Judge Richard Posner of the Seventh Circuit recently offered the following advice to appellate attorneys:
When there is apparently dispositive precedent, an appellant may urge its overruling or distinguishing or reserve a challenge to it for a petition for certiorari but may not simply ignore it. We don’t know the thinking that led the appellants’ counsel in these two cases to do that. But we do know that the two sets of cases out of which the appeals arise, involving the blood-products and Bridgestone/Firestone tire litigations, generated many transfers under the doctrine of forum non conveniens, three of which we affirmed in the two ignored precedents. There are likely to be additional such appeals; maybe appellants think that if they ignore our precedents their appeals will not be assigned to the same panel as decided the cases that established the precedents. Whatever the reason, such advocacy is unacceptable.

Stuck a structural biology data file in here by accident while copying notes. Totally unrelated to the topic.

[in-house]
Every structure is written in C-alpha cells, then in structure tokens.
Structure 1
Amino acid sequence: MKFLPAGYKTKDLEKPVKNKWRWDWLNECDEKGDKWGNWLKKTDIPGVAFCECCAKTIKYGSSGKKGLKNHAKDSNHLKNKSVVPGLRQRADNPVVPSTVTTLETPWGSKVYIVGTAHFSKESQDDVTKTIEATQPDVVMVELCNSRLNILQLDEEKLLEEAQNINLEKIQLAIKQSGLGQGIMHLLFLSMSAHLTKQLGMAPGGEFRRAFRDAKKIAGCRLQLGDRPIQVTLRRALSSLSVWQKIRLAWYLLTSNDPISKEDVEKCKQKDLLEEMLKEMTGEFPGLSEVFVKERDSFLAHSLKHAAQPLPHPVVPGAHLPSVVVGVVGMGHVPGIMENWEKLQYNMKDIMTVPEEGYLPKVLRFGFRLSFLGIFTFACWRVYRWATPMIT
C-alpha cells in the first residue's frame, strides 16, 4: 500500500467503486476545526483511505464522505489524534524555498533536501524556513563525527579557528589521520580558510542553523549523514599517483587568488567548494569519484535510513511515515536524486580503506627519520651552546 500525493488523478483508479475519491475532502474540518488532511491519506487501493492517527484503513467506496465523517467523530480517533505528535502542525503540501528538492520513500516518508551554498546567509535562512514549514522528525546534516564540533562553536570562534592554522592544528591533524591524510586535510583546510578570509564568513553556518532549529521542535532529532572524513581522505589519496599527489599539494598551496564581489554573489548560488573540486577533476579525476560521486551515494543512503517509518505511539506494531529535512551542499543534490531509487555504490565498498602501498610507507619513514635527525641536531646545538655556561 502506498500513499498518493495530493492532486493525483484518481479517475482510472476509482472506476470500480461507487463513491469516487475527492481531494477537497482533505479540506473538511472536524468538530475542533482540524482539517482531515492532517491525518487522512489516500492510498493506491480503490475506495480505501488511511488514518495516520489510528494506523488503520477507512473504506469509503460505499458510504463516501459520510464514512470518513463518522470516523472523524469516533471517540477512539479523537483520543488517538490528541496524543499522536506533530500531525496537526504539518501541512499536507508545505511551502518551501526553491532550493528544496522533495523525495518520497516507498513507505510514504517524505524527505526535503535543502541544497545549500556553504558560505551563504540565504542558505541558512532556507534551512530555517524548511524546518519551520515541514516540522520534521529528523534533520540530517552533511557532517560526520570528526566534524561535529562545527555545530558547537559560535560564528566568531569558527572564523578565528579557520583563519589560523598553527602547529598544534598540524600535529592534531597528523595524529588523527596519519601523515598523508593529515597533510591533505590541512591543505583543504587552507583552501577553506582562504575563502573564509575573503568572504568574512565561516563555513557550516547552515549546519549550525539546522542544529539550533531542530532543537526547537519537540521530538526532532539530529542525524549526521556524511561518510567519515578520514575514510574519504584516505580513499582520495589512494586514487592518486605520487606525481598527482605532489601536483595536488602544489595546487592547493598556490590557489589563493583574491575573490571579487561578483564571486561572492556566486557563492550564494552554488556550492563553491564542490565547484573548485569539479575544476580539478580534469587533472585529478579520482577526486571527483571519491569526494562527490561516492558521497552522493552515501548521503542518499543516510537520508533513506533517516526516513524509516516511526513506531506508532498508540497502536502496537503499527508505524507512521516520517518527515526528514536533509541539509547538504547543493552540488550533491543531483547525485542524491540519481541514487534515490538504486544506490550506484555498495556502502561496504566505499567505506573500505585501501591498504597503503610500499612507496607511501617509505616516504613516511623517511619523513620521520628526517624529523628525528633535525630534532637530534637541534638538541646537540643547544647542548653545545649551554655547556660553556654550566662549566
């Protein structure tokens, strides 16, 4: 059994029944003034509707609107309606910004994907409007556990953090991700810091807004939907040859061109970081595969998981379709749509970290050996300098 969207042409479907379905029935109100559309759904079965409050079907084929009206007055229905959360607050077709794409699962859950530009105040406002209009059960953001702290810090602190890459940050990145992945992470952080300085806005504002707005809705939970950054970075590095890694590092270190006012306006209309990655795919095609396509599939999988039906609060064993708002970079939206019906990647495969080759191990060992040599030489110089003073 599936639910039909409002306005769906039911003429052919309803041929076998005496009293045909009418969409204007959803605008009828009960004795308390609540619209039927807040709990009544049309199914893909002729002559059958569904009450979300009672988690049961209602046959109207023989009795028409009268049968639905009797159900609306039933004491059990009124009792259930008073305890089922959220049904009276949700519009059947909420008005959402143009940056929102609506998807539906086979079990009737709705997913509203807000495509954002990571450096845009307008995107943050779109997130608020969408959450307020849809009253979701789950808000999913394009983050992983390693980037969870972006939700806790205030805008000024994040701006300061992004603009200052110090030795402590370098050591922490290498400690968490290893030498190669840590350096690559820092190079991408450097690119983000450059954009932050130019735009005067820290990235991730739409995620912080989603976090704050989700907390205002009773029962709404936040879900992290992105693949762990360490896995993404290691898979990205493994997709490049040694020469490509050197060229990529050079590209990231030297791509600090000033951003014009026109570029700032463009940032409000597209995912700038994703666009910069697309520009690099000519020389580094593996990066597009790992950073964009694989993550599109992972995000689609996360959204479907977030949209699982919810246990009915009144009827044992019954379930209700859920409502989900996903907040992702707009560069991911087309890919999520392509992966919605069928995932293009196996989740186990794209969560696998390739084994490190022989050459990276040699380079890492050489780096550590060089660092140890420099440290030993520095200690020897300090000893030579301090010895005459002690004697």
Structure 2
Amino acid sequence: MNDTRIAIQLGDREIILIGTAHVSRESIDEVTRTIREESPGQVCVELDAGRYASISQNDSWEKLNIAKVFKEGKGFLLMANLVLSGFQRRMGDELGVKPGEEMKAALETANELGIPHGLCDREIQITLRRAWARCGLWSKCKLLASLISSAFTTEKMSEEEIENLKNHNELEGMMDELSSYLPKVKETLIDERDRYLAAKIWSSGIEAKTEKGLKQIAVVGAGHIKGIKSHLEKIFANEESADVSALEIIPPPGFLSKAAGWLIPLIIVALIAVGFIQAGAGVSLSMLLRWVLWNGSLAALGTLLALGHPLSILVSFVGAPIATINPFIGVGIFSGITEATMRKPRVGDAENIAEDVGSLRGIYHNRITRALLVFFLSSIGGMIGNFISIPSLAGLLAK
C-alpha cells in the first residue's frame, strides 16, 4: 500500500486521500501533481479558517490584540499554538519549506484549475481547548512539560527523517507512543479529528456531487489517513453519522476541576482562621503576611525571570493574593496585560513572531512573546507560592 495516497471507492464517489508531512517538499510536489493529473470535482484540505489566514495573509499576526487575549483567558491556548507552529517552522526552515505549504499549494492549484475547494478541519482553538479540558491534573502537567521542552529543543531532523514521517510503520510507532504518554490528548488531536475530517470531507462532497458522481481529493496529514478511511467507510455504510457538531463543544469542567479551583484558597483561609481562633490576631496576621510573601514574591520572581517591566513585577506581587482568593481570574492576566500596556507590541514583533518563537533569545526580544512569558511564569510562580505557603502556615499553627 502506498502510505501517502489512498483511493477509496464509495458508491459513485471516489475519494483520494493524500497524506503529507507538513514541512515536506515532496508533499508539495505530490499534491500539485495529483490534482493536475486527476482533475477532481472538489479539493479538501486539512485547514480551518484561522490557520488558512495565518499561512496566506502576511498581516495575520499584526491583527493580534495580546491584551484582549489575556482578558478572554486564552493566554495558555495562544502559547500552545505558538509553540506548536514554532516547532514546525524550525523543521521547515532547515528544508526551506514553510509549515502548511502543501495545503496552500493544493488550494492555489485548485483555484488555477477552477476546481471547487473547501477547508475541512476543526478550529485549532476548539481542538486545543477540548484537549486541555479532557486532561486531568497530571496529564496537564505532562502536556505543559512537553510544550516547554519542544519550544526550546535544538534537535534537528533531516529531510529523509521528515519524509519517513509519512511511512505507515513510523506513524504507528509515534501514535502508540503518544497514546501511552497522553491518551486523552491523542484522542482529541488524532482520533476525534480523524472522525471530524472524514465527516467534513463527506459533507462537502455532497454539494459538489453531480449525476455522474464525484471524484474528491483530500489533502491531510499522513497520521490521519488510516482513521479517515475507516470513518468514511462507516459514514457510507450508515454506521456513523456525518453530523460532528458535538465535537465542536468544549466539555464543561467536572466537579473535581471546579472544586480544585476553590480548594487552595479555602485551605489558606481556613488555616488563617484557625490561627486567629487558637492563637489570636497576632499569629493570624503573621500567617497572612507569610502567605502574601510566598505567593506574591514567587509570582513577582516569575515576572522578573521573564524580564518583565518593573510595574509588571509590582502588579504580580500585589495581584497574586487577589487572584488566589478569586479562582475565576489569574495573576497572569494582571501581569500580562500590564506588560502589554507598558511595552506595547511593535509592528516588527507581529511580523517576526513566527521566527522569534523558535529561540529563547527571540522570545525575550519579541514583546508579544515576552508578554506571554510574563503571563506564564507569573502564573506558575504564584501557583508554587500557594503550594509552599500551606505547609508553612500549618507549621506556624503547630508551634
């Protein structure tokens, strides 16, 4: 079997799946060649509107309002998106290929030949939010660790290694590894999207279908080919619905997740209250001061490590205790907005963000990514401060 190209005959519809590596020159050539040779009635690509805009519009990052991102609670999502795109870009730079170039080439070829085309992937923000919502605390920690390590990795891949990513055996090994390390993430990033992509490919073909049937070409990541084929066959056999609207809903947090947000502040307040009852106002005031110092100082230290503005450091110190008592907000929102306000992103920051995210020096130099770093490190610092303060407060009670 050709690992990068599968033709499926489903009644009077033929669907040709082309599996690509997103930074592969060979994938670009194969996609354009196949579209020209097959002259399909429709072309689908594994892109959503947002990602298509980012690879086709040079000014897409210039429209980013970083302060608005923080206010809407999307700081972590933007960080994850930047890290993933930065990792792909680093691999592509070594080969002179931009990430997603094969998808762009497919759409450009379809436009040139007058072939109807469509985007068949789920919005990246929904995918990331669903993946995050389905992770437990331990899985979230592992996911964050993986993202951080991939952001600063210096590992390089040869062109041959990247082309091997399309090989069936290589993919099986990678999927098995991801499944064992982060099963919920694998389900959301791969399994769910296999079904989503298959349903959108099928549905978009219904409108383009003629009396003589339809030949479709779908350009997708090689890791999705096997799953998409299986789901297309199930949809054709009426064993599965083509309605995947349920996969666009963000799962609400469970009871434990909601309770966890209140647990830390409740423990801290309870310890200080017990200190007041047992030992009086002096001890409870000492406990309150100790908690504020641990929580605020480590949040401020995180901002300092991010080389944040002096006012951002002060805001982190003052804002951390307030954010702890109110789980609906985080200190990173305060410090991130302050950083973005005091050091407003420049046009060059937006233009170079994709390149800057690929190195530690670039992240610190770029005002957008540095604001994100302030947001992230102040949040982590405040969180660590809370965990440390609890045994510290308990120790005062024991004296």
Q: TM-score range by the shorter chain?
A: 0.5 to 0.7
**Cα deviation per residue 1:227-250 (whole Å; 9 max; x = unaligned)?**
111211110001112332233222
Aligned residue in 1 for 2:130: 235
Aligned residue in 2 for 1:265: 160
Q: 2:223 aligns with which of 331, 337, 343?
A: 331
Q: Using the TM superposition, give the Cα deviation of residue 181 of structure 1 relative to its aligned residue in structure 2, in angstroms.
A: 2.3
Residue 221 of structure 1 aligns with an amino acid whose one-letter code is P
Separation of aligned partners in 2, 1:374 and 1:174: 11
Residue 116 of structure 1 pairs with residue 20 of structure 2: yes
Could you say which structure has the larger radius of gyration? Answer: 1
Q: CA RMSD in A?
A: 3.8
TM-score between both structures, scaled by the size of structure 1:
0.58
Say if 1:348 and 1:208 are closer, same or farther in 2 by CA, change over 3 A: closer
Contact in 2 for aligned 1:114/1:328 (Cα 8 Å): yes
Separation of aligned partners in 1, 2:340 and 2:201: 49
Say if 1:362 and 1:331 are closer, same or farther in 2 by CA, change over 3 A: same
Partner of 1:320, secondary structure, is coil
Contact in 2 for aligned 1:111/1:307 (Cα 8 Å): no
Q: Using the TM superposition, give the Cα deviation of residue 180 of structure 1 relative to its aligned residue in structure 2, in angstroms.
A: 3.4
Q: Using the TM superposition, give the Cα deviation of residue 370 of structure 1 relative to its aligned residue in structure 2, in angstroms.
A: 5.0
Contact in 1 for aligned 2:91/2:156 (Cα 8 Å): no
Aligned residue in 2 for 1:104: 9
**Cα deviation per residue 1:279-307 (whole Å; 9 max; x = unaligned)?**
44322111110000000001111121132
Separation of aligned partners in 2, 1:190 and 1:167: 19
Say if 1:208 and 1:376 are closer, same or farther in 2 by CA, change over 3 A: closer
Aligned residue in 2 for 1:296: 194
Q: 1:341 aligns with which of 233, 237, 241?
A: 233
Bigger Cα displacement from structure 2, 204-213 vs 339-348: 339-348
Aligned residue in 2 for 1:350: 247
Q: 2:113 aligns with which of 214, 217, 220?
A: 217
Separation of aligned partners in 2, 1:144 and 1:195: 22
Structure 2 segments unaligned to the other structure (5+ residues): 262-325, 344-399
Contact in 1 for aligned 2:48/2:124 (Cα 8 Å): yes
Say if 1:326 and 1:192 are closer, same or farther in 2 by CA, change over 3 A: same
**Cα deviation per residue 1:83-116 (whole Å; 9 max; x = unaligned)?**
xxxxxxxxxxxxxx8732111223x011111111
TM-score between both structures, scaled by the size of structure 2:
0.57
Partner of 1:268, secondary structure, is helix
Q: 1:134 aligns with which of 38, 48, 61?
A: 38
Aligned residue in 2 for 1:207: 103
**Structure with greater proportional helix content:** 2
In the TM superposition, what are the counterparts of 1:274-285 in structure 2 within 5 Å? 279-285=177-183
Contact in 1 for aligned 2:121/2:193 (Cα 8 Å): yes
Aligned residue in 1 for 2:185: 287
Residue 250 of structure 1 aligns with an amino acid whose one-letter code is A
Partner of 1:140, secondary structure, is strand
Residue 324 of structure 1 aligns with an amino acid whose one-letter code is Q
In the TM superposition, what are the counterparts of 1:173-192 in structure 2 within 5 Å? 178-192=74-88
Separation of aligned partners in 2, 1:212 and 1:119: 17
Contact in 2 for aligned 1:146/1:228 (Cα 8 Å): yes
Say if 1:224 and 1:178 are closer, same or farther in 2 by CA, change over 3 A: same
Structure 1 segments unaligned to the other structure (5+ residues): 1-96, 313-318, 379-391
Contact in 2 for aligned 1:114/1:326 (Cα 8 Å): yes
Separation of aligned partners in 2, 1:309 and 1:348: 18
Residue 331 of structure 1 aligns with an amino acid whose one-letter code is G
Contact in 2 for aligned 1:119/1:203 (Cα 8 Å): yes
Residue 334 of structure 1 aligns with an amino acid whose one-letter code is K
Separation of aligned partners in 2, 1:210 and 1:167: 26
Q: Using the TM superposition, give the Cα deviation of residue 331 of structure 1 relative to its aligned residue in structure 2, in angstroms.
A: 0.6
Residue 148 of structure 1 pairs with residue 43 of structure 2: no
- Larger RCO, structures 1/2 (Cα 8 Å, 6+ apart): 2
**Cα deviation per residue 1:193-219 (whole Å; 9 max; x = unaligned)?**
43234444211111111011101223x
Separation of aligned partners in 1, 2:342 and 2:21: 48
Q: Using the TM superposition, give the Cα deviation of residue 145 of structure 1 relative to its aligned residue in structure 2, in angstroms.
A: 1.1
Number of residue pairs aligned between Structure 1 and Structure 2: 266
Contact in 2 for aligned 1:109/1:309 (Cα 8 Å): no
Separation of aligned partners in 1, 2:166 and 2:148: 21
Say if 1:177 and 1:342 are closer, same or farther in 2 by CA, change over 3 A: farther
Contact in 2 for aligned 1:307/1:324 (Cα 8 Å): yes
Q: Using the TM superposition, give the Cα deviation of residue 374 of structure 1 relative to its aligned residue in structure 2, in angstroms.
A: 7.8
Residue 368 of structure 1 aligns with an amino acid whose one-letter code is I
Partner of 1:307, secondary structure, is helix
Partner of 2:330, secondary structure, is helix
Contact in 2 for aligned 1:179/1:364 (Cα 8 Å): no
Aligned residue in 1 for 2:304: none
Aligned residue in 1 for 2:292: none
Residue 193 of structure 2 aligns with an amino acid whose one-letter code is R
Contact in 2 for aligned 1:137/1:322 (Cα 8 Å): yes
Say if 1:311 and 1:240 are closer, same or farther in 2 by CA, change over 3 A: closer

Gonzales-Servin v. Ford Motor Company, No. 11-1665 (7th Cir. 11/23/11), pp. 4-5. You can find the opinion here. To illustrate his point, he included the two photographs set forth below.The ostrich is a noble animal, but not a proper model for an appellate advocate. (Not that ostriches really bury their heads in the sand when threatened; don’t be fooled by the picture below.) The “ostrich-like tactic of pretending that potentially dispositive authority against a litigant’s contention does not exist is as unprofessional as it is pointless.”
It is good to know that in these times of budget shortfalls that federal judges still have access to Photo Shop. This was indeed a case where two pictures were worth a thousand words.